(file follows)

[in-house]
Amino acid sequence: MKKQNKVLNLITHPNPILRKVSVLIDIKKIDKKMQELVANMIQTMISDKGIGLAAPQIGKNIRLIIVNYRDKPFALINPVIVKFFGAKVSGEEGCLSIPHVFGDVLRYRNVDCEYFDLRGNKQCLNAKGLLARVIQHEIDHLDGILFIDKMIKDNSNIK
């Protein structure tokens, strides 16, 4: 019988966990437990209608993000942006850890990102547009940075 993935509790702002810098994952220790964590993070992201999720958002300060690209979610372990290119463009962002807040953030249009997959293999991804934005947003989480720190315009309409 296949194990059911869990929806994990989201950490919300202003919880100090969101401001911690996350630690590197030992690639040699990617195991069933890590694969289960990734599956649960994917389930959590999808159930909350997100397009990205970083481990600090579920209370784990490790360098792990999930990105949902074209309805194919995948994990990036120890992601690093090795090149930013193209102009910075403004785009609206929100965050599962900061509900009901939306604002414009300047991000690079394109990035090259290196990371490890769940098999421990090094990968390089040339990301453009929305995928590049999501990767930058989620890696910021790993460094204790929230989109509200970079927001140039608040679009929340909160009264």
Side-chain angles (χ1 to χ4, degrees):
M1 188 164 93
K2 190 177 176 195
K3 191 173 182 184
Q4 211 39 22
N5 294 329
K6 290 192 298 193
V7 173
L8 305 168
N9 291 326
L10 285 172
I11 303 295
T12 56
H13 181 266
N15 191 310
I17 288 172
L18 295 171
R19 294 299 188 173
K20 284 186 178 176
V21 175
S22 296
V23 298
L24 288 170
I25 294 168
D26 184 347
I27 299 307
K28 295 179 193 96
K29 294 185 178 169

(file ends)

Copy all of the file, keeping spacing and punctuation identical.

[in-house]
Amino acid sequence: MKKQNKVLNLITHPNPILRKVSVLIDIKKIDKKMQELVANMIQTMISDKGIGLAAPQIGKNIRLIIVNYRDKPFALINPVIVKFFGAKVSGEEGCLSIPHVFGDVLRYRNVDCEYFDLRGNKQCLNAKGLLARVIQHEIDHLDGILFIDKMIKDNSNIK
């Protein structure tokens, strides 16, 4: 019988966990437990209608993000942006850890990102547009940075 993935509790702002810098994952220790964590993070992201999720958002300060690209979610372990290119463009962002807040953030249009997959293999991804934005947003989480720190315009309409 296949194990059911869990929806994990989201950490919300202003919880100090969101401001911690996350630690590197030992690639040699990617195991069933890590694969289960990734599956649960994917389930959590999808159930909350997100397009990205970083481990600090579920209370784990490790360098792990999930990105949902074209309805194919995948994990990036120890992601690093090795090149930013193209102009910075403004785009609206929100965050599962900061509900009901939306604002414009300047991000690079394109990035090259290196990371490890769940098999421990090094990968390089040339990301453009929305995928590049999501990767930058989620890696910021790993460094204790929230989109509200970079927001140039608040679009929340909160009264």
Side-chain angles (χ1 to χ4, degrees):
M1 188 164 93
K2 190 177 176 195
K3 191 173 182 184
Q4 211 39 22
N5 294 329
K6 290 192 298 193
V7 173
L8 305 168
N9 291 326
L10 285 172
I11 303 295
T12 56
H13 181 266
N15 191 310
I17 288 172
L18 295 171
R19 294 299 188 173
K20 284 186 178 176
V21 175
S22 296
V23 298
L24 288 170
I25 294 168
D26 184 347
I27 299 307
K28 295 179 193 96
K29 294 185 178 169